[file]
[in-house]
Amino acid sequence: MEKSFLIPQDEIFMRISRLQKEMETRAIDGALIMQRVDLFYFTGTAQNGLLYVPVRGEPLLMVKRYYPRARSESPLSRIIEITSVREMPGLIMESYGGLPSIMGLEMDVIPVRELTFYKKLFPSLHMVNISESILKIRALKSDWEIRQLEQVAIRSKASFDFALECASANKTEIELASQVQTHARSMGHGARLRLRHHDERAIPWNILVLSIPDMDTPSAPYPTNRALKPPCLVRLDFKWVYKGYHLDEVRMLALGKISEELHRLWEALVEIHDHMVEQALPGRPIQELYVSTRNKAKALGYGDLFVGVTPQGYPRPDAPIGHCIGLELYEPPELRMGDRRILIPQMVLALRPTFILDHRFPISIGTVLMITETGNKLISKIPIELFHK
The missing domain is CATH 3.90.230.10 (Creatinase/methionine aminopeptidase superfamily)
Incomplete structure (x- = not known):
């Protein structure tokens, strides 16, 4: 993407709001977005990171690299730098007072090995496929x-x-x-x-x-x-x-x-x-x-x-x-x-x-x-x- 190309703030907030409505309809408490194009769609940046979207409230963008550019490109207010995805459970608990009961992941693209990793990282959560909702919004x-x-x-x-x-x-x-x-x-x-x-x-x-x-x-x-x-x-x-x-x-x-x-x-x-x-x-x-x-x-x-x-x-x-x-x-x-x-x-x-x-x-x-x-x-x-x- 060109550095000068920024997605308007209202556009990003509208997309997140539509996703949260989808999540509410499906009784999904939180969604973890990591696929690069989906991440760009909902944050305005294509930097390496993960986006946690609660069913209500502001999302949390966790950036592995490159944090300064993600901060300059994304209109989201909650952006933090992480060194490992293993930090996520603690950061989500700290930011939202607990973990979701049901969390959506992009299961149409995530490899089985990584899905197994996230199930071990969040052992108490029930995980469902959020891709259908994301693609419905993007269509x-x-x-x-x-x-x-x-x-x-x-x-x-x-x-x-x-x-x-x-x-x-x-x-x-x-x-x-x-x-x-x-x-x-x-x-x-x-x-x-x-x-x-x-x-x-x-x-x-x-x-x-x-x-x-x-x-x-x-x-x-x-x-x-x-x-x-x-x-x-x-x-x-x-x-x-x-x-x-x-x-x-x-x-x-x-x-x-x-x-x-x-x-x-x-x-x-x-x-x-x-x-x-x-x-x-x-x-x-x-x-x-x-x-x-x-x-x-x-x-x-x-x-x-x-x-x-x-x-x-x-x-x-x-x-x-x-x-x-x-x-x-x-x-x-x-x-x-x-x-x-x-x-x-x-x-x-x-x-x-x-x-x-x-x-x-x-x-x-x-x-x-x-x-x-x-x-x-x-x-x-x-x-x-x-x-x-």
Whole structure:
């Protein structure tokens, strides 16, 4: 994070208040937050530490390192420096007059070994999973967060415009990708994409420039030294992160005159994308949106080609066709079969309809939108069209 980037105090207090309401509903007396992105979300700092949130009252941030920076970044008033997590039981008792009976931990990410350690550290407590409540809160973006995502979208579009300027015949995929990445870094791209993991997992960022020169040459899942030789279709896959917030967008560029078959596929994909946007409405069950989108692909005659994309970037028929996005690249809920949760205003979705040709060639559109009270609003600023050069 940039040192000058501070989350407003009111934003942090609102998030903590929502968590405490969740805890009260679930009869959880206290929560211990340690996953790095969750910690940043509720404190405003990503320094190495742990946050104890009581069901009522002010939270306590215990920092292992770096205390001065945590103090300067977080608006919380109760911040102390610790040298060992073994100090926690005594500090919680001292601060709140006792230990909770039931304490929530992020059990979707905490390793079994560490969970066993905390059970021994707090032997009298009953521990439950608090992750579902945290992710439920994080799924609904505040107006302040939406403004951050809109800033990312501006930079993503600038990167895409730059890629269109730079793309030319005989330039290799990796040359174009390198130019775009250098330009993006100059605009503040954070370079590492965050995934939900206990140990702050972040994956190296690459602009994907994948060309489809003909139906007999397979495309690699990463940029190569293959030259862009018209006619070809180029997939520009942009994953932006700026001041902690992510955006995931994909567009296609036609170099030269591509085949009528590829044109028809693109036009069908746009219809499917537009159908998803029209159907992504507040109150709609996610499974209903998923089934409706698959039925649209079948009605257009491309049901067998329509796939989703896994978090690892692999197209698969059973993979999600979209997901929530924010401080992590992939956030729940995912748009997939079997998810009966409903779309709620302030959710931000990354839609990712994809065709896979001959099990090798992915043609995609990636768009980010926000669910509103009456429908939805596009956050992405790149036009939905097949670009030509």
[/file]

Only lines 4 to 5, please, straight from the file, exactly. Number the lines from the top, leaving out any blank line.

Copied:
Incomplete structure (x- = not known):
């Protein structure tokens, strides 16, 4: 993407709001977005990171690299730098007072090995496929x-x-x-x-x-x-x-x-x-x-x-x-x-x-x-x- 190309703030907030409505309809408490194009769609940046979207409230963008550019490109207010995805459970608990009961992941693209990793990282959560909702919004x-x-x-x-x-x-x-x-x-x-x-x-x-x-x-x-x-x-x-x-x-x-x-x-x-x-x-x-x-x-x-x-x-x-x-x-x-x-x-x-x-x-x-x-x-x-x- 060109550095000068920024997605308007209202556009990003509208997309997140539509996703949260989808999540509410499906009784999904939180969604973890990591696929690069989906991440760009909902944050305005294509930097390496993960986006946690609660069913209500502001999302949390966790950036592995490159944090300064993600901060300059994304209109989201909650952006933090992480060194490992293993930090996520603690950061989500700290930011939202607990973990979701049901969390959506992009299961149409995530490899089985990584899905197994996230199930071990969040052992108490029930995980469902959020891709259908994301693609419905993007269509x-x-x-x-x-x-x-x-x-x-x-x-x-x-x-x-x-x-x-x-x-x-x-x-x-x-x-x-x-x-x-x-x-x-x-x-x-x-x-x-x-x-x-x-x-x-x-x-x-x-x-x-x-x-x-x-x-x-x-x-x-x-x-x-x-x-x-x-x-x-x-x-x-x-x-x-x-x-x-x-x-x-x-x-x-x-x-x-x-x-x-x-x-x-x-x-x-x-x-x-x-x-x-x-x-x-x-x-x-x-x-x-x-x-x-x-x-x-x-x-x-x-x-x-x-x-x-x-x-x-x-x-x-x-x-x-x-x-x-x-x-x-x-x-x-x-x-x-x-x-x-x-x-x-x-x-x-x-x-x-x-x-x-x-x-x-x-x-x-x-x-x-x-x-x-x-x-x-x-x-x-x-x-x-x-x-x-």